Unremarkable, Thero emerges, no more impressed by the land than this sun by him. The entanglement of the two,though, now, desperate, in tow to the latest defeat of the summoned prince, does grant him mediocre praise from the gathered villagers. We sad and meager few! We have no demands on him! We are but the saddest of the lot! Look at my garden, it is nothing but rag-weeds. I cannot eat those. No! Of course, in the absence of usual clarity, Thero stumbles in pose and offers false praise and even ironic and misunderstood solace to the wimpered and unusually vocal horde:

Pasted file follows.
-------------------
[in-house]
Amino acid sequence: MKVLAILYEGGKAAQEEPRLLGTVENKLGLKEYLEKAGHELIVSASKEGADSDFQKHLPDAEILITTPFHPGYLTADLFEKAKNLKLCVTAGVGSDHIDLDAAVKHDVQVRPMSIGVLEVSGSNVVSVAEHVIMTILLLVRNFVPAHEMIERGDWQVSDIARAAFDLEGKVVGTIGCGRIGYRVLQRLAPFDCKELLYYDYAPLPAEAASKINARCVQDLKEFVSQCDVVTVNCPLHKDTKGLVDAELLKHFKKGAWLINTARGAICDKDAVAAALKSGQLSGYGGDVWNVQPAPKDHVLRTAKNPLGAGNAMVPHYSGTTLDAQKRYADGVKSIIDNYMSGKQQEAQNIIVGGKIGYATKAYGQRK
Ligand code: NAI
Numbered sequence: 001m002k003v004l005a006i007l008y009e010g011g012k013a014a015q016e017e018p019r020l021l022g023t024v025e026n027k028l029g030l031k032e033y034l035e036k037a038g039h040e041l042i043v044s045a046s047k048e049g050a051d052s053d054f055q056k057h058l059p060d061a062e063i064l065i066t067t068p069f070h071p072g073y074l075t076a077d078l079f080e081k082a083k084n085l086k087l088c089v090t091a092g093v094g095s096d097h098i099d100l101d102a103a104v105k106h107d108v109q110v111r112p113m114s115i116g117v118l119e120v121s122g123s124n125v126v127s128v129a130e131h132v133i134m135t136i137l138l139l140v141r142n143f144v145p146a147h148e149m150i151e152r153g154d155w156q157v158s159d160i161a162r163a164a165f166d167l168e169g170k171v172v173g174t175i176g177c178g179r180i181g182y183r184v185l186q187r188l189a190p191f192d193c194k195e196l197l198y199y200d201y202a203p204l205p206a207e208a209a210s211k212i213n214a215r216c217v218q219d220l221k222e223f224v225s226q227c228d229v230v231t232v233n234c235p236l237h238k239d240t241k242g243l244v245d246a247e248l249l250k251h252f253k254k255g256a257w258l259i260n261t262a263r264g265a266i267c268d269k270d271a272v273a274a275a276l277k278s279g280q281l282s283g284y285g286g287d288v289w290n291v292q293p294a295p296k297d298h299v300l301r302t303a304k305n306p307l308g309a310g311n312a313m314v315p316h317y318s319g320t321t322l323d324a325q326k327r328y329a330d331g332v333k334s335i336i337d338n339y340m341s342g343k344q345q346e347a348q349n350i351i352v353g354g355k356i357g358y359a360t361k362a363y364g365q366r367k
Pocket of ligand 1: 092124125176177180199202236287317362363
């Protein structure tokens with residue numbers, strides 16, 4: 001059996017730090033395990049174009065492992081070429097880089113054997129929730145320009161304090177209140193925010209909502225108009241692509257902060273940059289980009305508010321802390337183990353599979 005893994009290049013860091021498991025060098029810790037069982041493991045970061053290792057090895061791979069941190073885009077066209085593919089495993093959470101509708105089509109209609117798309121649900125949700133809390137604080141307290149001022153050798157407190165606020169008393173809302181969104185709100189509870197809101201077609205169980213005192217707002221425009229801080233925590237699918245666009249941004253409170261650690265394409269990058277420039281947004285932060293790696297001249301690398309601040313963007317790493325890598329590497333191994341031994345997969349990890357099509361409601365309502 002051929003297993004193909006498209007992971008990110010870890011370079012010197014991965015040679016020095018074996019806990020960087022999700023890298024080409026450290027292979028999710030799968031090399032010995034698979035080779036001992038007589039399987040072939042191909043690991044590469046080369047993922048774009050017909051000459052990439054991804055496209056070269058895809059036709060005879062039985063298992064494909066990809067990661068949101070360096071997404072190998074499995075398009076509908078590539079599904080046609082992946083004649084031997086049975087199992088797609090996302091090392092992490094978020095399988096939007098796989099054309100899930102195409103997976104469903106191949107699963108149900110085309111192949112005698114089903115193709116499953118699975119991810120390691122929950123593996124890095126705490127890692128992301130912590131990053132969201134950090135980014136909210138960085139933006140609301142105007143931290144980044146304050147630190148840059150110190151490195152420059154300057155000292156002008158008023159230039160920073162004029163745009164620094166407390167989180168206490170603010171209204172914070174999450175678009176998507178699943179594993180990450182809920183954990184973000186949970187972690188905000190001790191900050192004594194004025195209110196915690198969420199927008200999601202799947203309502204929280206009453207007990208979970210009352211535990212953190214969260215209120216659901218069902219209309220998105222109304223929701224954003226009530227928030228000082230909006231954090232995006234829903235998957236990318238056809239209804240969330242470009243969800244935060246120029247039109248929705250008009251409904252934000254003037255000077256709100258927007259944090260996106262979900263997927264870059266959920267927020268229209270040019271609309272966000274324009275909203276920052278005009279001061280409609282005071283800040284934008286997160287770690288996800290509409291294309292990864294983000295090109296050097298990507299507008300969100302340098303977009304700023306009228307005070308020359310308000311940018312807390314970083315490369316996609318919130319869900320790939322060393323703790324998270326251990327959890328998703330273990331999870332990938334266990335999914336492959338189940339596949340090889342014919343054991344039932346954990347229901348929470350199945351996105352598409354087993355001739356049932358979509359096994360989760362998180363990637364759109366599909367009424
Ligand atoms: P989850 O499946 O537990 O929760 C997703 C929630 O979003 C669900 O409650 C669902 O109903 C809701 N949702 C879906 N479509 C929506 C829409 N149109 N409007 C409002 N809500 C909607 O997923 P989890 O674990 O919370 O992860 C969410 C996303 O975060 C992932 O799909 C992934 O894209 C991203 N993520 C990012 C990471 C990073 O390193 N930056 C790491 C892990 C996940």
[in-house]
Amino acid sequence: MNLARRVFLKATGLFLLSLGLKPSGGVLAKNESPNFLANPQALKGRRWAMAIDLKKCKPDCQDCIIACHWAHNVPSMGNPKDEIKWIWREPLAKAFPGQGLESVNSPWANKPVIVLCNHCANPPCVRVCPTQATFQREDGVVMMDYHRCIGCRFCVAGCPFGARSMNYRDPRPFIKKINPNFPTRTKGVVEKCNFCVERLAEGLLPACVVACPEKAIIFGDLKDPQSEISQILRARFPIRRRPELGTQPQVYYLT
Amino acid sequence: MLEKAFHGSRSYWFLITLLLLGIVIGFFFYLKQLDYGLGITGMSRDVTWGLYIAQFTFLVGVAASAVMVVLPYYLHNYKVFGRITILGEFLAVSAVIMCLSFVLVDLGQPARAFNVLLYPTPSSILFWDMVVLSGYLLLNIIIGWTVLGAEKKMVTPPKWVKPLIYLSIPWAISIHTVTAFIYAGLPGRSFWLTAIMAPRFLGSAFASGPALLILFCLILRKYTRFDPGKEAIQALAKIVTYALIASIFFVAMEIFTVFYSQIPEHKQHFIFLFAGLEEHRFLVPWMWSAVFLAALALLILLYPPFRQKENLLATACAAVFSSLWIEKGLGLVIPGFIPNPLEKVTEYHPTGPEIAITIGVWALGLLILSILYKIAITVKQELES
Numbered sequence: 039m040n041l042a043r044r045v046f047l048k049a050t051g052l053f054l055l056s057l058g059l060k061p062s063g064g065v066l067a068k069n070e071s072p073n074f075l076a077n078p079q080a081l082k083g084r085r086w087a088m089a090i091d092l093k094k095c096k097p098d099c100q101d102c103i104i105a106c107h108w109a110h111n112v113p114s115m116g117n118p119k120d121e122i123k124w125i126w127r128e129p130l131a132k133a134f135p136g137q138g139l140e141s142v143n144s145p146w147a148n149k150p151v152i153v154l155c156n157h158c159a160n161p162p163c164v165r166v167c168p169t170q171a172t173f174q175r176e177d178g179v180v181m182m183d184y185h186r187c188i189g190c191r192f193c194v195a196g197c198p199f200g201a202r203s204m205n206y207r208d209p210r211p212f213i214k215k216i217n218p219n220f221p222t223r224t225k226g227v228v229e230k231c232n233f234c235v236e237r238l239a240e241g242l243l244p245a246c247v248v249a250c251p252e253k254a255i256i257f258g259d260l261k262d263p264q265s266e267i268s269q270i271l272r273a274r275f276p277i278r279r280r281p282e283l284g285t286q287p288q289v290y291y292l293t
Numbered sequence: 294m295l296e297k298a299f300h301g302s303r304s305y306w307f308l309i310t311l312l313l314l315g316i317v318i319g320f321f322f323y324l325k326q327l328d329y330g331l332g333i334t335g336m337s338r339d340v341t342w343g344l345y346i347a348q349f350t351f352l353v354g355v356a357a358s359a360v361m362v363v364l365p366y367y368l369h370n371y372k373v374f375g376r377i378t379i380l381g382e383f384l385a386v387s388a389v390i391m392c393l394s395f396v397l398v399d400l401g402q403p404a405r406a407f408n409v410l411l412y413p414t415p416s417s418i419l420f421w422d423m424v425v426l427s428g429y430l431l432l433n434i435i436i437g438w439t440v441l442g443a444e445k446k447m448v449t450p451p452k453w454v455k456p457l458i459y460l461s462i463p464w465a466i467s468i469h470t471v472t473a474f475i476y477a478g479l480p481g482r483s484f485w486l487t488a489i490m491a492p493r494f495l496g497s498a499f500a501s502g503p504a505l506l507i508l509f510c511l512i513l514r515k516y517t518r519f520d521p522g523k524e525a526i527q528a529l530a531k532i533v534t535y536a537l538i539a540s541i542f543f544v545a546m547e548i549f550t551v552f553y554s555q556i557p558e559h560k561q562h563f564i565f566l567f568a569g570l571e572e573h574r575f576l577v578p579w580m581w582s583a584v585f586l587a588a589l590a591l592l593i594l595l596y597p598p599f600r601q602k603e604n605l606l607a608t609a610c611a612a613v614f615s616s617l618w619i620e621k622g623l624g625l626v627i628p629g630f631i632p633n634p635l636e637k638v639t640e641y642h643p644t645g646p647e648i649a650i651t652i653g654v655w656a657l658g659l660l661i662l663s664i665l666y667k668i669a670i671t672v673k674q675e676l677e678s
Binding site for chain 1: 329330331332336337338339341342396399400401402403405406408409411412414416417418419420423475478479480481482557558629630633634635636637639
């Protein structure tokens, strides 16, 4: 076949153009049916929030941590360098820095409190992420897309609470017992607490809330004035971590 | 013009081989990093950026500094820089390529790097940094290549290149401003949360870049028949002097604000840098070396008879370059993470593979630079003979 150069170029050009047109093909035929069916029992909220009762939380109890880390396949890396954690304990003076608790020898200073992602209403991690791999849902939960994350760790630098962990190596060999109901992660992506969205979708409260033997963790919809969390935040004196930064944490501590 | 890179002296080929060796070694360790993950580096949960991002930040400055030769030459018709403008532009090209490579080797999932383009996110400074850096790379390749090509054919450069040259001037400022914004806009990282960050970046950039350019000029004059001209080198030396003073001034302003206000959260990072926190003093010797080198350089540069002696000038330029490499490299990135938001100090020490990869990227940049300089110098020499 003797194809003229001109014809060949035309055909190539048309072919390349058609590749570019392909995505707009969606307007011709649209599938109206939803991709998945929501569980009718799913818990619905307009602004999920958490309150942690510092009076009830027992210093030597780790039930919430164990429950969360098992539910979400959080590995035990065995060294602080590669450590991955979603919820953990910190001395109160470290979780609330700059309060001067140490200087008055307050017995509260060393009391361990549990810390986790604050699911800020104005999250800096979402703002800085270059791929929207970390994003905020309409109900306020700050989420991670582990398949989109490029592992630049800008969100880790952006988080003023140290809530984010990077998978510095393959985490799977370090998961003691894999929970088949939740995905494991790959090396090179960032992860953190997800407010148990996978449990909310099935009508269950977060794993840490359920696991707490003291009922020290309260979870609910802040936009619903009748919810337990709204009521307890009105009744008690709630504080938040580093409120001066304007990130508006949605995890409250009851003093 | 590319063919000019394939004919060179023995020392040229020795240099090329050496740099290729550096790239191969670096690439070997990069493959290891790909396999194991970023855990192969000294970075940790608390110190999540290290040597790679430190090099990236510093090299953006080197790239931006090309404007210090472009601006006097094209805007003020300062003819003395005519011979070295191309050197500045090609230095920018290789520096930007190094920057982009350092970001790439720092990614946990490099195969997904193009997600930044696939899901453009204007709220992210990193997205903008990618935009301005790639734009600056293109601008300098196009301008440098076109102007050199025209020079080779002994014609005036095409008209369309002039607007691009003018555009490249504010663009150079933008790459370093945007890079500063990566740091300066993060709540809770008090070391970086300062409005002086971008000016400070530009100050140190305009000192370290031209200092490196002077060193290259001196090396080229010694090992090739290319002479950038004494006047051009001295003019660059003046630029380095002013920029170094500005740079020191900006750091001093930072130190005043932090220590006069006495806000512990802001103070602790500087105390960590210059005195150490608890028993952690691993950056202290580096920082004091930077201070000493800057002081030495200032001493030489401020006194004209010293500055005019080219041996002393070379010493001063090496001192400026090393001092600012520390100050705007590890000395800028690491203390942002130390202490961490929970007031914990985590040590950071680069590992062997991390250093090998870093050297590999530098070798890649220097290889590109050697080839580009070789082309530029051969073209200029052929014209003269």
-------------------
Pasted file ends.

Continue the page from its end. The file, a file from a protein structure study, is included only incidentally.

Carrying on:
Be still and Die!
The vantage point from here, beyond the hill, even after the collapsed sun has been murdered and brought out of its pearly estate--brought to bear its own blood hands on the mark of our prince--you will still suffer, plagued by the merest recognition of sallow ineptitude, tragic uncertaintly, but more desperate, more lifelike, is the irrelevence of even if, even if my own hand were to murder that star and take the necks of each of the oppressors still you would have the greatest saddness, the only sadness that is ever your lot--so Die and be still!